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State DCED secretary predicts Mon Valley's industrial rebirth

| Wednesday, April 9, 2014, 12:21 a.m.
Jim Ference | The Valley Independent
Charleroi's World Kitchen plant director John Lackovic and human resource manager Donald Good talk to Pennsylvania Department of Community and Economic Development Secretary C. Alan Walker during the Mon Valley Regional Chamber of Commerce luncheon at the Willow Room in Rostraver Township on Tuesday, April 8, 2014.
Jim Ference | The Valley Independent
Pennsylvania Department of Community and Economic Development Secretary C. Alan Walker speaks during the Mon Valley Regional Chamber of Commerce luncheon at the Willow Room in Rostraver Township on Tuesday, April 8, 2014.
Jim Ference | The Valley Independent
Pennsylvania Department of Community and Economic Development Secretary C. Alan Walker speaks during the Mon Valley Regional Chamber of Commerce luncheon at the Willow Room in Rostraver Township on Tuesday, April 8, 2014.

Decades ago, Pennsylvania failed to protect such basic industries as steel, rail and coal, C. Alan Walker said in a presentation Tuesday on the region's economy.

That led to the “deindustrialization of our economy,” the state Department of Community and Economic Development secretary said.

“But that's about to change,” said Walker, who spoke Tuesday at the Willow Room in Rostraver Township.

The event was sponsored by the Mon Valley Regional Chamber of Commerce, the Mon Yough Chamber of Commerce, the Mon Valley Progress Council and the Greater Rostraver Chamber of Commerce.

Walker discussed Gov. Tom Corbett's JOBS1st PA initiative and the state economy.

He said the state is well positioned to take advantage of a natural gas boom.

JOBS1st PA focuses on two core areas: Make It in PA and Talented Workers.

Under Make it in PA, Corbett's proposed budget provides an increase of $600,000 to help Pennsylvania companies export products to international markets and to attract new foreign direct investment.

Pennsylvania companies increased exports by 5.4 percent in 2013. He pointed to World Kitchen in Charleroi, which was represented at the luncheon, as a local example of that success.

Talented Workers includes a $2 million allocation to the Workforce & Economic Development Network of Pennsylvania to train an additional 10,000 employees.

“The governor recognizes that nothing is more critical to growing the economy than a talented work force,” Walker said.

Walker criticized Democratic gubernatorial hopefuls for claiming the administration has cut education funding.

He said school districts became too dependent on federal stimulus money provided in the wake of the Great Recession. He said state financial support for public education and the State System of Higher Education has increased in each year of the Corbett administration.

The State System of Higher Education oversees 14 state-owned universities, including California University of Pennsylvania.

“When the stimulus stopped, the money wasn't there,” said Walker, adding that many districts did not prepare for the loss of that funding source. “The governor is a big believer in education.”

Walker said tourism marketing – a key component of the JOBS1st PA – is often overlooked because the money is spent on the county level.

Walker said Pennsylvania's economy is the sixth-largest in the nation and ranks 21st in the world. Employment tops 6 million workers with unemployment at a five-year low of 6.2 percent.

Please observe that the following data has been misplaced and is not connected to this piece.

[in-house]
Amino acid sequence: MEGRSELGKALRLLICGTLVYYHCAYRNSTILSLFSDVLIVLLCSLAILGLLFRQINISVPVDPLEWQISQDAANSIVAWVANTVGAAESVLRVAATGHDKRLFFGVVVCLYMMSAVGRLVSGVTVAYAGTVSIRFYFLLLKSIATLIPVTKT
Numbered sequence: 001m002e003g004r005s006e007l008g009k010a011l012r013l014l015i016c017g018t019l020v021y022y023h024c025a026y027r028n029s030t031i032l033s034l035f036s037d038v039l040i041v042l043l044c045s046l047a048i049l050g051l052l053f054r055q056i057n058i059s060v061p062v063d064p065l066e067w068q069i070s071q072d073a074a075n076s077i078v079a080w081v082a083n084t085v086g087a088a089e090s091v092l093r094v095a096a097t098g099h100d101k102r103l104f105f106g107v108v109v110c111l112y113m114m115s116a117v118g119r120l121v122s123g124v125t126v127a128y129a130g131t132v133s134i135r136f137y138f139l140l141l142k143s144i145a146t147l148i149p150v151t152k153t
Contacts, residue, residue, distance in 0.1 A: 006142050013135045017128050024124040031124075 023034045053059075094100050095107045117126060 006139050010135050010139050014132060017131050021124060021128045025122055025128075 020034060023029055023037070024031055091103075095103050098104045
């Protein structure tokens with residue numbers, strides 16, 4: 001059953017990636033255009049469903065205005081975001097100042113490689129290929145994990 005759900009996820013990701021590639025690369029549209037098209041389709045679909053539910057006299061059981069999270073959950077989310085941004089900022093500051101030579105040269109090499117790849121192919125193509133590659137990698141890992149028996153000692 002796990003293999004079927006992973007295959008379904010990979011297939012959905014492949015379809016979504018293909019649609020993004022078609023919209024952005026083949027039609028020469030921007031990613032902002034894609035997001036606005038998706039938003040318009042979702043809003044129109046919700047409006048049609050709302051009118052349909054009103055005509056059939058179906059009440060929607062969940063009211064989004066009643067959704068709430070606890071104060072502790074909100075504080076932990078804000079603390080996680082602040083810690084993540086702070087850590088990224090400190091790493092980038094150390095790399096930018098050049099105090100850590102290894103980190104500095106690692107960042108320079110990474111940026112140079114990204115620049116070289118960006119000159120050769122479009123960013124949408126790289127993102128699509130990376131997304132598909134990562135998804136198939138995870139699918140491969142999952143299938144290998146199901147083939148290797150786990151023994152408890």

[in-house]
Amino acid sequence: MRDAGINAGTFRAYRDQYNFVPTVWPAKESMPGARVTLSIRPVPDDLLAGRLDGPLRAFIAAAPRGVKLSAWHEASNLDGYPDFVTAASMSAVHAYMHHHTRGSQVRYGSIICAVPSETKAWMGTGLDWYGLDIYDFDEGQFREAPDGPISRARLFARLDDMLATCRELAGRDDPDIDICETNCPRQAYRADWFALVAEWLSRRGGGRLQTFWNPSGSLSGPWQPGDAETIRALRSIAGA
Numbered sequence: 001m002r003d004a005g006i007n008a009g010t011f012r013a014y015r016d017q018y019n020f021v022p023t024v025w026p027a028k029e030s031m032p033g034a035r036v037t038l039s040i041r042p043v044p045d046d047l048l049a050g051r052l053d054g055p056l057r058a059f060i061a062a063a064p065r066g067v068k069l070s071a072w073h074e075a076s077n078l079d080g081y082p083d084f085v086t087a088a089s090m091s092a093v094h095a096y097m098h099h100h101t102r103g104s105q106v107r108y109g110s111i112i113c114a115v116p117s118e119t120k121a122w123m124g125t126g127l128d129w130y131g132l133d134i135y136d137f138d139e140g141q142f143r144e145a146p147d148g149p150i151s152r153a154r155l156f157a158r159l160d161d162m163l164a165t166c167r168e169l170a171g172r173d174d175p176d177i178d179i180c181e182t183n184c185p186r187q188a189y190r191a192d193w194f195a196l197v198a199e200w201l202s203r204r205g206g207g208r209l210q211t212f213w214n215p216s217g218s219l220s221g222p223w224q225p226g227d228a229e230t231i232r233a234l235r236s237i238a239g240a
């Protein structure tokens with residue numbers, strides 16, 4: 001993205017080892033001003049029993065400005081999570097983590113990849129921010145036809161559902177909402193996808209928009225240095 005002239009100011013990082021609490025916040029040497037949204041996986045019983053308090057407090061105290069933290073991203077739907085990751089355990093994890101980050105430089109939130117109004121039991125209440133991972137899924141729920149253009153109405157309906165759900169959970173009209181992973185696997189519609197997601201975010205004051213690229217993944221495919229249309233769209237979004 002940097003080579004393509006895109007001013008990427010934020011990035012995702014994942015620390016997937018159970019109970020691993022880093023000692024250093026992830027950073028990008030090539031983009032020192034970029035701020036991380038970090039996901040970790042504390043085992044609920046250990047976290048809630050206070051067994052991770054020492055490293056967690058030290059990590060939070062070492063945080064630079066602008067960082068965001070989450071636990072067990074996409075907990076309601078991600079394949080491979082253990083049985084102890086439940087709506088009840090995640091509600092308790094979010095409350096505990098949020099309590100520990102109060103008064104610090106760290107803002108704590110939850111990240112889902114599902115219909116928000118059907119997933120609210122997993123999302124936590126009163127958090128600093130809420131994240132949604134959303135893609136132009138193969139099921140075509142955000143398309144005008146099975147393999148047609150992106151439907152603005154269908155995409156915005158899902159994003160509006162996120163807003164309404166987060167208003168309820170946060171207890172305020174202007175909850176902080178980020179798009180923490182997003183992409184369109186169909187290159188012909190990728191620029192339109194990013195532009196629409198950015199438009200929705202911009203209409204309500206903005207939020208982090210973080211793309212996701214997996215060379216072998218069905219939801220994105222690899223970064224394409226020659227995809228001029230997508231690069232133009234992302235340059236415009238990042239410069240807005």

The Governor's Action Team completed 102 successful projects in 2013, up from 79 in 2012, Walker said.

State growth is being fueled by the Marcellus shale industry, Walker claimed, adding Pennsylvania has the second-largest energy field in the world.

Walker said the Marcellus shale impact fee is benefitting Washington County. He criticized Democratic candidates for governor who want to impose a severance fee on Marcellus shale drillers.

“For you in Washington County, that would be a big mistake,” Walker said. “The severance tax goes into the general fund. The money would go to the populated areas. The impact fee goes to the areas where drilling occurs.”

Impact fees have pumped $630 million into local municipalities, “to invest in your roads and downtowns,” Walker said.

Walker said Washington County's economy has experienced the third-fastest growth rate in the nation since the Marcellus shale industry came to the region.

Walker said there is a direct tie between development of industrial parks and economic growth.

“Literally, if you build it, they will come,” Walker said.

He used as an example the City of Williamsport, the seat of Lycoming County in north central Pennsylvania.

In the aftermath of industrial decline, Williamsport built an industrial park that was filled by offices for a Marcellus shale company, bringing with it 1,200 jobs.

Walker said the U.S. Army Corps of Engineers' $74.7 million allocation to the Lower Mon Project will speed up completion of a locks and dams project on the Monongahela River that is more than a decade behind schedule.

“It will truly unlock growth in this area,” Walker said. “There's a new energy in Pennsylvania. You can feel the surge in our economy.”

Walker said he is confident a petrochemical plant will be constructed in Beaver County.

The so-called “cracker” plant under consideration by Royal Dutch Shell would use ethane from gas drilling in nearby shale fields to produce plastics and other products.

Walker said the economic surge will be felt up and down the region's rivers.

“I think Allenport will be developed,” Walker said of the Mon River Industrial Group's plans to convert the former steel mill site into an industrial park.

“I see a reindustrialization of the Mon Valley.”

Chris Buckley is a staff writer for Trib Total Media. He can be reached at 724-684-2642 or

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